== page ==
Phyllis McIver

Phyllis McIver's love for the youth of her community was felt by the thousands of students who came through Southern Middle School during her more than two decades as a counselor there. And her love is still shared today with community members who come to her for guidance and mentorship. Her story illustrates that being a part of a community is a lifetime commitment to love thy neighbor.

 

Q) What was your upbringing like?

A) I grew up in Leasburg in Caswell County, but I’ve always considered myself a borderline person because I grew up close to the Person-Caswell county line and I spent so much time in Person County. Actually, I knew more people in Person County than I did Caswell because we spent our spare time in Person County. My Grandmother lived on Hill St. in Roxboro, so I was always there sitting out on her porch, spending time with her. My mother was involved in Civil Rights activities in Person County with the NAACP. Herschel Seets was the head of the NAACP at that time. I remember as a child meeting at the old log cabin library in Roxboro with Mr. Seets and him giving them directions on Civil Rights and marching. And I remember, as a child, marching with my mom, holding her hand, and she was carrying a sign to integrate A&P grocery store which used to be located where Schewel’s Furniture is now.

As a child we attended two churches. My father was a deacon at St. James Baptist Church in Leasburg and my mom was very active in her church, Mill Hill, which was in Person County. So, I grew up being active in both churches, and back then you could do that because most churches didn’t meet every Sunday. St. James met on third Sunday and Mill Hill met on fourth Sunday. So, when I went up to be baptized at St. James I told the pastor that I wanted to be a member of Mill Hill. He said No, we’re going to keep you here. And I remember as a 12-year-old saying, No I want to be a member of Mill Hill. So they made me a member of St. James but later in life I changed my membership to Mill Hill. But that just shows how my childhood was split between both counties. Now I am a member of New Mount Zion Baptist church where my daughter, LaTonya Penny, is the Pastor. But Mill Hill is still my church family.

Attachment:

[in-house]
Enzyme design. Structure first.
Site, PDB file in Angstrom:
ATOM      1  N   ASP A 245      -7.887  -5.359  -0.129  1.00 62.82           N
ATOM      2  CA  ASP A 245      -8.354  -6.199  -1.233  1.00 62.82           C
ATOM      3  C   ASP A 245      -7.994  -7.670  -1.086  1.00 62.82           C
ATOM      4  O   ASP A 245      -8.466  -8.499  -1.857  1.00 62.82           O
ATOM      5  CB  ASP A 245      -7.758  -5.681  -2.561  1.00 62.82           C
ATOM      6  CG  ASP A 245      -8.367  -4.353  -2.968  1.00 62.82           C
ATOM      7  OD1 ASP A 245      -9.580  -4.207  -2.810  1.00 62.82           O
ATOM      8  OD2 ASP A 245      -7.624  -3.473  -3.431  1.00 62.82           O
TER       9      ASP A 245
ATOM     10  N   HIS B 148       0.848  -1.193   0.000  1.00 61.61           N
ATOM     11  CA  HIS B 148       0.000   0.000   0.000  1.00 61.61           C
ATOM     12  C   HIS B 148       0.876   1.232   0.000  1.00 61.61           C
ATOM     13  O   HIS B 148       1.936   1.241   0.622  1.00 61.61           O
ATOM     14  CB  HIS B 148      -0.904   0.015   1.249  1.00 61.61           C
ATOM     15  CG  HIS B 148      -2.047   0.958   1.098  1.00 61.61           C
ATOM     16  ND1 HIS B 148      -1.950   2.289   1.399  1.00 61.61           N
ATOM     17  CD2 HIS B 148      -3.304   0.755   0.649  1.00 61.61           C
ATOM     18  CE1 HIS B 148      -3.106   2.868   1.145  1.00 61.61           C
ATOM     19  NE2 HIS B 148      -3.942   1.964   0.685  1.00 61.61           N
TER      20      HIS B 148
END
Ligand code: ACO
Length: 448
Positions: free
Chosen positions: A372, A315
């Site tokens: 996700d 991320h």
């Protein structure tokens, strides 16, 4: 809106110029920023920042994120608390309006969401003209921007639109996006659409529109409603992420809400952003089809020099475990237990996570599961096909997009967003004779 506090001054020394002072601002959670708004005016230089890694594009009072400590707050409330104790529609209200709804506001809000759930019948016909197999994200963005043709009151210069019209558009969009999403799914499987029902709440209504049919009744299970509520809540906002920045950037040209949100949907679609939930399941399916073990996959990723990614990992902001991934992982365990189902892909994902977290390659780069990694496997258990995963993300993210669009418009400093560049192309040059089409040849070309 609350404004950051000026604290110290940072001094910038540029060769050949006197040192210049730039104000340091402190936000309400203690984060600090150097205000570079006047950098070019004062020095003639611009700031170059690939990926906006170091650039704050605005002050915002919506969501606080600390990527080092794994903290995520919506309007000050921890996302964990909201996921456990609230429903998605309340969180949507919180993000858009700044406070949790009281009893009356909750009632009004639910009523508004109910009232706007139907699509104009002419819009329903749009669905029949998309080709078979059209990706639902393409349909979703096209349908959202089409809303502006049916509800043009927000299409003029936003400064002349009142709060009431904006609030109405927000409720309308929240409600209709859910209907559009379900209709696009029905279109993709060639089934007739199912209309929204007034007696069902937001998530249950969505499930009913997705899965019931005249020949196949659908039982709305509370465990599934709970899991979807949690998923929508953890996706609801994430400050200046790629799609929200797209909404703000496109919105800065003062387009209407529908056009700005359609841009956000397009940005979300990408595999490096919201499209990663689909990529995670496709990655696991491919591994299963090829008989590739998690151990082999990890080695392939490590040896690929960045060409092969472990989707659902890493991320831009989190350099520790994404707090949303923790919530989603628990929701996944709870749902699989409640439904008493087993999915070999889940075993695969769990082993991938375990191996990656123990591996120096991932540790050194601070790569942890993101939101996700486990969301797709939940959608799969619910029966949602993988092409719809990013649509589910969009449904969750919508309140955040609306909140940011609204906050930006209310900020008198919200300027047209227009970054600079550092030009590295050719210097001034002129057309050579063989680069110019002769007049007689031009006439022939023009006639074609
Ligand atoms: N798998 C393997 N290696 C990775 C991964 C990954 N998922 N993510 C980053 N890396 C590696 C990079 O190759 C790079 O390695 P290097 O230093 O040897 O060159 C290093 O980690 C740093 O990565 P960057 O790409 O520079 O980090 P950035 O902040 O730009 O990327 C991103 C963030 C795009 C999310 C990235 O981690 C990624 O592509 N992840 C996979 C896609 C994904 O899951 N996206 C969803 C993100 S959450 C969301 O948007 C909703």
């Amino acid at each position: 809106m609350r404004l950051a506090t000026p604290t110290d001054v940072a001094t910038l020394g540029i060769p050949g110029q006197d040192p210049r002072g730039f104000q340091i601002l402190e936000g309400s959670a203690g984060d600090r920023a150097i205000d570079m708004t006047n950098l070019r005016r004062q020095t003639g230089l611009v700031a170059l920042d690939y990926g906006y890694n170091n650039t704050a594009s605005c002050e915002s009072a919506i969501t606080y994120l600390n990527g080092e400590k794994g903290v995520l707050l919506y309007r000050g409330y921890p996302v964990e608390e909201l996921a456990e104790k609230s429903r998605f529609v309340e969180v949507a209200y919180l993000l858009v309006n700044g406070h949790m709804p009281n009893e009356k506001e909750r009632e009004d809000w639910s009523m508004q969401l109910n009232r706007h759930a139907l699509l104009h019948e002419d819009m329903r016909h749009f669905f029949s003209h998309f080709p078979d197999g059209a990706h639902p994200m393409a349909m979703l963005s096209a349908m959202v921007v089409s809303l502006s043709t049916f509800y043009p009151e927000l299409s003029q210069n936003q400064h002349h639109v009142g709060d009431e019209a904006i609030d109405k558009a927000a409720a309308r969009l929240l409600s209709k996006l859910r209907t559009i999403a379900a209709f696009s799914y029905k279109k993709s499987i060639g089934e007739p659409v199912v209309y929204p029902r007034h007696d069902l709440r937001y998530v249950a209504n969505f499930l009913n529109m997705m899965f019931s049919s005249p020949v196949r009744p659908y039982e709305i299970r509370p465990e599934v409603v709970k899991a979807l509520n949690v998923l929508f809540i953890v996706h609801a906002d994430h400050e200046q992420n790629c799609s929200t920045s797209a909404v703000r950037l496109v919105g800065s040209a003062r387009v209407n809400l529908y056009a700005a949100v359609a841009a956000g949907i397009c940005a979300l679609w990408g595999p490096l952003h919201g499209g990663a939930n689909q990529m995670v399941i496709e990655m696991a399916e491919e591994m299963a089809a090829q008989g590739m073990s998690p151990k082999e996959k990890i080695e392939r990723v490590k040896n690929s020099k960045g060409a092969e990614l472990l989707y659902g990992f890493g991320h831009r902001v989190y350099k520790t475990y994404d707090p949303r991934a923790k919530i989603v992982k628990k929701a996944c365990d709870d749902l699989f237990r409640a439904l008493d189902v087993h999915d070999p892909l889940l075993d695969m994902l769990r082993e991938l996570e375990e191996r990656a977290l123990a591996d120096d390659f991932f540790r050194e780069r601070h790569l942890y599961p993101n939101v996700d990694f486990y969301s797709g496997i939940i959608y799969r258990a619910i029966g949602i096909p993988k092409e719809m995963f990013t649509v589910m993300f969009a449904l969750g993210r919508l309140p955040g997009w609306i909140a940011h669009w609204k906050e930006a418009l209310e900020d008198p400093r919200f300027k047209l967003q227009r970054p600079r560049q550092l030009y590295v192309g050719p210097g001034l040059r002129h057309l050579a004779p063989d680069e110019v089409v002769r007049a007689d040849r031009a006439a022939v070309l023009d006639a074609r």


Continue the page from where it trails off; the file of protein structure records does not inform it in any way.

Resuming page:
I graduated high school in 1972 and I was one of the top-10 outstanding seniors at Bartlett-Yancey. This was after integration. We integrated when I was going to 10th grade. So I was in that movement in the 10th grade trying to figure out, OK, how are we going to deal with this? Is it going to be a problem? And actually, it was not, especially in being a bus rider and sharing that close space with each other. I actually became close to some of the white students, especially the white males, because I was one of the last to get dropped off, so there was a lot of time for conversation. We all kind of bonded and they would tell me that their parents would disagree with them talking to me. That was a really interesting time.

After I graduated high school, I attended St. Augustine’s College (now University). I had applied at North Carolina Central and North Carolina A&T, and I was accepted at all three. But the main reason I chose St. Augustine’s is because I used to follow behind my sister, Shirley Thomas, who was married to Reverend James Thomas, and both of them were attending St. Aug. Even when I was in high school, I used to go spend the weekend with them in Raleigh. So, that's how I made the decision to go to St. Aug, because I knew more about that particular place, that particular university. I loved my days there. It was a small college and you really got to know your professors on a personal basis. I actually got married when I was in college and still graduated on time with my class in 1976. And it was just a nice place to be.

 

Q) What was your career path and what are your proudest achievements?